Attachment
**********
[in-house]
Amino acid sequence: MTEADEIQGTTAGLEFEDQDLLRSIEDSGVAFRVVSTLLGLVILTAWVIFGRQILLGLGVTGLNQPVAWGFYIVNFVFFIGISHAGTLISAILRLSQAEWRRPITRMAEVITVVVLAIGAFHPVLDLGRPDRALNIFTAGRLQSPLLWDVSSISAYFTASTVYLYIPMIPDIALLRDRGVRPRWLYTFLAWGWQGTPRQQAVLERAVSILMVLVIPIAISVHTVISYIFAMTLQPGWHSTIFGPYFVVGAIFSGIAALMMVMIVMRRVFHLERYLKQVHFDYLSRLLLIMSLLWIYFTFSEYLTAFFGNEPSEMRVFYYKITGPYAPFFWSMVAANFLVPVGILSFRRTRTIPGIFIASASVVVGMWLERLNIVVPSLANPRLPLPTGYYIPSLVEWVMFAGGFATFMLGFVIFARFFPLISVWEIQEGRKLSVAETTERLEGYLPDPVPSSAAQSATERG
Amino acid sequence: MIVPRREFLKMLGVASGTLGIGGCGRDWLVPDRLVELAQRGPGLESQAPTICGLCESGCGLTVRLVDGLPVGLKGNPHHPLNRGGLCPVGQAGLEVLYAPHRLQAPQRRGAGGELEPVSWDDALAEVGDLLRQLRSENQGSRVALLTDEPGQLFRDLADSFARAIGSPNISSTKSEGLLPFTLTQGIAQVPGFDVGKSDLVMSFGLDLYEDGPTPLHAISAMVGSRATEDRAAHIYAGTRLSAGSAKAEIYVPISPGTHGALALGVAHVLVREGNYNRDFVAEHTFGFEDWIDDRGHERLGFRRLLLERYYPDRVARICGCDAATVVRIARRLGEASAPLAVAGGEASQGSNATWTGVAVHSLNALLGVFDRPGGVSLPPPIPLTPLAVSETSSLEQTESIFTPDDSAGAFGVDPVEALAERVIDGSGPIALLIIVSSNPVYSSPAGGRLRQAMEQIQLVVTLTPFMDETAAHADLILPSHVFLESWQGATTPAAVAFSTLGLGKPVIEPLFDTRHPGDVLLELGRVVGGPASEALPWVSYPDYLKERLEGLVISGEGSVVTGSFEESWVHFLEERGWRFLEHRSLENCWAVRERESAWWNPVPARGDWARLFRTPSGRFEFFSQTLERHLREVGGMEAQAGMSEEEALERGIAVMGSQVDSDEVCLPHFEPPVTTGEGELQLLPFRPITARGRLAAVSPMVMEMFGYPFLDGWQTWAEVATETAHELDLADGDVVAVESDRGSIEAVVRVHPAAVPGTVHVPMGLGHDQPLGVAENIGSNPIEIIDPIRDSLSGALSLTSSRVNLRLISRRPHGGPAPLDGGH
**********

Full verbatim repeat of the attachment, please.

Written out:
[in-house]
Amino acid sequence: MTEADEIQGTTAGLEFEDQDLLRSIEDSGVAFRVVSTLLGLVILTAWVIFGRQILLGLGVTGLNQPVAWGFYIVNFVFFIGISHAGTLISAILRLSQAEWRRPITRMAEVITVVVLAIGAFHPVLDLGRPDRALNIFTAGRLQSPLLWDVSSISAYFTASTVYLYIPMIPDIALLRDRGVRPRWLYTFLAWGWQGTPRQQAVLERAVSILMVLVIPIAISVHTVISYIFAMTLQPGWHSTIFGPYFVVGAIFSGIAALMMVMIVMRRVFHLERYLKQVHFDYLSRLLLIMSLLWIYFTFSEYLTAFFGNEPSEMRVFYYKITGPYAPFFWSMVAANFLVPVGILSFRRTRTIPGIFIASASVVVGMWLERLNIVVPSLANPRLPLPTGYYIPSLVEWVMFAGGFATFMLGFVIFARFFPLISVWEIQEGRKLSVAETTERLEGYLPDPVPSSAAQSATERG
Amino acid sequence: MIVPRREFLKMLGVASGTLGIGGCGRDWLVPDRLVELAQRGPGLESQAPTICGLCESGCGLTVRLVDGLPVGLKGNPHHPLNRGGLCPVGQAGLEVLYAPHRLQAPQRRGAGGELEPVSWDDALAEVGDLLRQLRSENQGSRVALLTDEPGQLFRDLADSFARAIGSPNISSTKSEGLLPFTLTQGIAQVPGFDVGKSDLVMSFGLDLYEDGPTPLHAISAMVGSRATEDRAAHIYAGTRLSAGSAKAEIYVPISPGTHGALALGVAHVLVREGNYNRDFVAEHTFGFEDWIDDRGHERLGFRRLLLERYYPDRVARICGCDAATVVRIARRLGEASAPLAVAGGEASQGSNATWTGVAVHSLNALLGVFDRPGGVSLPPPIPLTPLAVSETSSLEQTESIFTPDDSAGAFGVDPVEALAERVIDGSGPIALLIIVSSNPVYSSPAGGRLRQAMEQIQLVVTLTPFMDETAAHADLILPSHVFLESWQGATTPAAVAFSTLGLGKPVIEPLFDTRHPGDVLLELGRVVGGPASEALPWVSYPDYLKERLEGLVISGEGSVVTGSFEESWVHFLEERGWRFLEHRSLENCWAVRERESAWWNPVPARGDWARLFRTPSGRFEFFSQTLERHLREVGGMEAQAGMSEEEALERGIAVMGSQVDSDEVCLPHFEPPVTTGEGELQLLPFRPITARGRLAAVSPMVMEMFGYPFLDGWQTWAEVATETAHELDLADGDVVAVESDRGSIEAVVRVHPAAVPGTVHVPMGLGHDQPLGVAENIGSNPIEIIDPIRDSLSGALSLTSSRVNLRLISRRPHGGPAPLDGGH